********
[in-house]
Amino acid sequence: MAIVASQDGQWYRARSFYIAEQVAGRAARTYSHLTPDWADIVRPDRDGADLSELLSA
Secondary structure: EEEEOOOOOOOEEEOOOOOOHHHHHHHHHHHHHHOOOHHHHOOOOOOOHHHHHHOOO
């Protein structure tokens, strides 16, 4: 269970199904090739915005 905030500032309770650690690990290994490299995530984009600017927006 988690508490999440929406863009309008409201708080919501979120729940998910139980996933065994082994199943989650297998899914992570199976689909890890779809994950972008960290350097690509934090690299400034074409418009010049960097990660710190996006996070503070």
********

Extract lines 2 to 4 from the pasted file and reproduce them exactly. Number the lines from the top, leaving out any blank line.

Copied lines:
Amino acid sequence: MAIVASQDGQWYRARSFYIAEQVAGRAARTYSHLTPDWADIVRPDRDGADLSELLSA
Secondary structure: EEEEOOOOOOOEEEOOOOOOHHHHHHHHHHHHHHOOOHHHHOOOOOOOHHHHHHOOO
């Protein structure tokens, strides 16, 4: 269970199904090739915005 905030500032309770650690690990290994490299995530984009600017927006 988690508490999440929406863009309008409201708080919501979120729940998910139980996933065994082994199943989650297998899914992570199976689909890890779809994950972008960290350097690509934090690299400034074409418009010049960097990660710190996006996070503070």